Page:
Politico's Mike Allen speaks to Los Angeles Mayor Antonio Villaraigosa at Wednesday's Politico Playbook Breakfast. (Ed Demaria/Medill)

WASHINGTON— Los Angeles Mayor Antonio Villaraigosa, who also is chairman of the Democratic National Convention, on Wednesday criticized the Washington establishment – especially Republicans — for letting partisan bickering stall action, especially denouncing delays in passing a $109 billion highway funding bill.

At a Politico Playbook Breakfast hosted by Mike Allen, Villaraigosa chastised congressional Republicans for failing to support popular measures solely on the basis of partisanship. He cited the transportation bill, which would extend aid to highway and transit programs, currently held up in Congress as an example of political polarization hijacking essential legislation.

“It seems that every year this place gets more partisan,” Villaraigosa said. “The surface transportation bill is a no-brainer. We gotta invest in our roads, bridges, highways and public transportation. It’s just an uphill slog pushing this bill up the hill.”

The Senate was scheduled to debate the bill later Wednesday.

Villaraigosa is in Washington with Los Angeles civic leaders lobbying to get the transportation bill passed. As president of the United States Conference of Mayors, he noted that group’s support for the transportation bill. He said the traditionally popular cause of transportation funding has become another attack zone for ideological agendas.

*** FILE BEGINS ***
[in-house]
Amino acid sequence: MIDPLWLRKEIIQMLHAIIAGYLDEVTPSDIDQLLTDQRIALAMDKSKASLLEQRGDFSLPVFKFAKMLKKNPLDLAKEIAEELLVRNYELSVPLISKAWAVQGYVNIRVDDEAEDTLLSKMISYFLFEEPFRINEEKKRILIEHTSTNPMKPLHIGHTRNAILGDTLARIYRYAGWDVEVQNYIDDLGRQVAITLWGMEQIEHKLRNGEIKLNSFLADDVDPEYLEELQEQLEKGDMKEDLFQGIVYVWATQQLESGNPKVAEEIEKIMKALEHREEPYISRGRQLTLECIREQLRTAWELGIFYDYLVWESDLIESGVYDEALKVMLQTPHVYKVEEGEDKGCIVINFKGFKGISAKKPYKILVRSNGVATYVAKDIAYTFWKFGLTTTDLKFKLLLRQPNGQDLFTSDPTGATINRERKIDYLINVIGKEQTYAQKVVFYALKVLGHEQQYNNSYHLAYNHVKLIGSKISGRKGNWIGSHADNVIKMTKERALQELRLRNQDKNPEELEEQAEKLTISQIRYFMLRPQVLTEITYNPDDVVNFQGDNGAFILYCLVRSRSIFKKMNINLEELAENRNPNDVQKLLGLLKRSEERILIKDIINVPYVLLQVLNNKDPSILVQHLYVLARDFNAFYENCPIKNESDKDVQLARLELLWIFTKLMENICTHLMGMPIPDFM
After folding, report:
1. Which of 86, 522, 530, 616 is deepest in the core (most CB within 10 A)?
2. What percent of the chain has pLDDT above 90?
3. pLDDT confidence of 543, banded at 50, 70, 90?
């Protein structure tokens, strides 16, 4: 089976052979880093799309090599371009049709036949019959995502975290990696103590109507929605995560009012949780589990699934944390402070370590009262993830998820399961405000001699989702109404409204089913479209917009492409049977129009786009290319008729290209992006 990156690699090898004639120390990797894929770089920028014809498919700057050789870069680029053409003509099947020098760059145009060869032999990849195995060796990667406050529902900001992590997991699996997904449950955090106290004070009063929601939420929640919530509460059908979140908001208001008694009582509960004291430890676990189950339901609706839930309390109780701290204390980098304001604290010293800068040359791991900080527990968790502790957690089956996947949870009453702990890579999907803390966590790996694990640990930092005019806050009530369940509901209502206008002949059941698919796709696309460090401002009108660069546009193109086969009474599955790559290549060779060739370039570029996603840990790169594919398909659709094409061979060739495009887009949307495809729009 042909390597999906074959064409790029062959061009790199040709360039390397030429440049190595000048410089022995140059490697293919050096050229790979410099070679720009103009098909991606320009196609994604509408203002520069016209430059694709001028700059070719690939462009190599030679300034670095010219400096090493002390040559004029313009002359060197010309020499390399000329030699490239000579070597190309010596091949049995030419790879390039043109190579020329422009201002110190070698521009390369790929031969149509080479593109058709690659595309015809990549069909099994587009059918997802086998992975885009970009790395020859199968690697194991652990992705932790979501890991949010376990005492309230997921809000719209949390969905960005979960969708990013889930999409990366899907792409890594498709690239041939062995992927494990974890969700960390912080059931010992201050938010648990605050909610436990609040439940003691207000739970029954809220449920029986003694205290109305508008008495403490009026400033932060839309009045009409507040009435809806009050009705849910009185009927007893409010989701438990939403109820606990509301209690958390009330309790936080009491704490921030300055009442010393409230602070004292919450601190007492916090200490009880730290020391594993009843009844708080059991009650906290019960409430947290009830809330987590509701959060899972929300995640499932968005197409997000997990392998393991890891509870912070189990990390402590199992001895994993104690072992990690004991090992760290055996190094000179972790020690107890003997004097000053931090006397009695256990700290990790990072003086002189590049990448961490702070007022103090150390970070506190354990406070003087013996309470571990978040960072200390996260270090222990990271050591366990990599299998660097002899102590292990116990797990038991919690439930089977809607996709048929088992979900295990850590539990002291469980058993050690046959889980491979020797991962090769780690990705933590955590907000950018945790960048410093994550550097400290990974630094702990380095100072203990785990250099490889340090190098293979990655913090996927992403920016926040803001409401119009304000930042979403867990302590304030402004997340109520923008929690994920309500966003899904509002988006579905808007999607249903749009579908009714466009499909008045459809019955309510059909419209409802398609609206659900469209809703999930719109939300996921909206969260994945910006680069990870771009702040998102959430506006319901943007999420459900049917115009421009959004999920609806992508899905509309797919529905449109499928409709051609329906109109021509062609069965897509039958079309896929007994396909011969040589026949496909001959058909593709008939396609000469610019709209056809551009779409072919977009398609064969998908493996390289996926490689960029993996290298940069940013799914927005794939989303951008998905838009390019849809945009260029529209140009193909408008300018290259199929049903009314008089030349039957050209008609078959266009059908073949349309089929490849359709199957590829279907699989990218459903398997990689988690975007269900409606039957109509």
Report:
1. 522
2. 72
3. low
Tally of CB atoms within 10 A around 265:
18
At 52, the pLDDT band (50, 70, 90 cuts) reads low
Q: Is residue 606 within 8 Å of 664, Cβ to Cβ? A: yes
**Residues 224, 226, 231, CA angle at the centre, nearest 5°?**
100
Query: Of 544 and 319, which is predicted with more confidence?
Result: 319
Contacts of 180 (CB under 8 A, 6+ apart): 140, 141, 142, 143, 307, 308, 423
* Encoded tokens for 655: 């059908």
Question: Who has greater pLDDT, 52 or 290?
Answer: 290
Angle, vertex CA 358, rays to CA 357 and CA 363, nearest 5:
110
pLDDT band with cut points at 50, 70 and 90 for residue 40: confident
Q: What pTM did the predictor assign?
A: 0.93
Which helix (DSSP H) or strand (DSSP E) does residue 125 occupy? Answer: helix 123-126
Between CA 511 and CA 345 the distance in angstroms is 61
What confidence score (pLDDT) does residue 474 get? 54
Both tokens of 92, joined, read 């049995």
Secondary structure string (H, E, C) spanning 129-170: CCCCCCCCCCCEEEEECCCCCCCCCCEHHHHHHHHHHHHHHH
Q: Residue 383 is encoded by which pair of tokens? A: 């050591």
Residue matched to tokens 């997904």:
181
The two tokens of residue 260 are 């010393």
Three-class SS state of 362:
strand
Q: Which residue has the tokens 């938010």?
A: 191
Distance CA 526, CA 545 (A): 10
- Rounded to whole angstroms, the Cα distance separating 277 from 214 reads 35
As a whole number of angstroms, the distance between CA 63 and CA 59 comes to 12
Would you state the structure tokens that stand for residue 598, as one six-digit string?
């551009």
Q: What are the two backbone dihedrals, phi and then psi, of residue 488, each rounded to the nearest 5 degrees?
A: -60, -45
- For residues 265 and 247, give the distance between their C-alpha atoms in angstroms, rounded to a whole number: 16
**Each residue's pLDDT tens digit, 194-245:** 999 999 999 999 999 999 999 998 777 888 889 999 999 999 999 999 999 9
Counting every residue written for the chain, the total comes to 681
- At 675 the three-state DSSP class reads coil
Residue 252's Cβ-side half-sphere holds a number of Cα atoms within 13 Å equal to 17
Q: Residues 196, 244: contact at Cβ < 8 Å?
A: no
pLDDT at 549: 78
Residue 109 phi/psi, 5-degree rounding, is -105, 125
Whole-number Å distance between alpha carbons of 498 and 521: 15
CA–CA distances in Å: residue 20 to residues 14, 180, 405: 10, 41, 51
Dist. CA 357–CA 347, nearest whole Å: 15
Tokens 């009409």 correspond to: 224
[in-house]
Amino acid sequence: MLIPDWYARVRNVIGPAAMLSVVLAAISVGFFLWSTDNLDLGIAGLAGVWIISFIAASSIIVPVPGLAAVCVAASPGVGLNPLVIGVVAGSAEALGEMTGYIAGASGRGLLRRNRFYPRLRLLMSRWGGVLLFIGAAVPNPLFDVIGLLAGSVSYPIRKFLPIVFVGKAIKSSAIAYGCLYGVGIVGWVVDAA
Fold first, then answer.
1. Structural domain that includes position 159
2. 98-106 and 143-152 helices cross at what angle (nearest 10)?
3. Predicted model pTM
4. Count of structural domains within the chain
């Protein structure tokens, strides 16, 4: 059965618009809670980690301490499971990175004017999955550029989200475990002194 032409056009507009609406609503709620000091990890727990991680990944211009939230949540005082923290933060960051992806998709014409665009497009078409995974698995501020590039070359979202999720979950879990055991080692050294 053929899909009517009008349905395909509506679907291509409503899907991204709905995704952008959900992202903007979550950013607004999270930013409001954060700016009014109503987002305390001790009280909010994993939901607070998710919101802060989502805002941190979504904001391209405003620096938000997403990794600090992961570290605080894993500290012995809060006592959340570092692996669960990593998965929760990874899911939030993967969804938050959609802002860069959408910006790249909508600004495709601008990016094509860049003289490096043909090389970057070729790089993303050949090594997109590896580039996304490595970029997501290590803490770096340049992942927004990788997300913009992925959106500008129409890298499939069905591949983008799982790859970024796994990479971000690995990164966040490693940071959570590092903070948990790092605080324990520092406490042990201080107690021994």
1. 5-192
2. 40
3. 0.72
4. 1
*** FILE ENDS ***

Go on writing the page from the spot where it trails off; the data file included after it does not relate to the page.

“Since the Erie Canal, infrastructure investment has been bipartisan,” Villaraigosa said. “The idea that now this is somehow a partisan issue…it boggles the mind.”

According to Villaraigosa, the blame belongs to House Republicans. He said if a similar plan were proposed by anyone but President Barack Obama, it would be passed.

“If the president is for it, the House is against it,” Villaraigosa said. “Things they have been for for generations, the president says he is for and Congress is against them.”

The mayor did not mince words when expressing his disdain for the current path of the Republican Party. He said the party is losing touch with most Americans and is on the way to becoming “the Whig Party of the next millennia.”

“When you hear the Republican candidates on immigration, when you hear them talk about social issues and on the economy, it’s clear to me that they are moving farther and father away form the mainstream,” Villaraigosa said.

He said the party has already lost the Latino vote now and for many years to come. He pointed to Mitt Romney’s opposition to the DREAM Act, a proposal to help immigrants in good standing achieve permanent residence, as a definitive instance.

“When he calls the DREAM Act a handout. it’s a slap in the face to the men and women in the military,” Villaraigosa said. “It’s a slap in the face to the American dream.”

Last month Villaraigosa was named chairman of the 2012 Democratic National Convention. He said he hopes to have a marriage equality plank added to the democratic platform. He said  the right to marriage for gays and lesbians as well as heterosexual couples is “important to who we all are.”

Although many in California have speculated that Villaraigosa will one day run for governor, the soon-to-be term-limited mayor said he is focused on the present.

“I want to finish it strong,” Villaraigosa said. “I want to do as much as I can to put the city on a sustainable path.”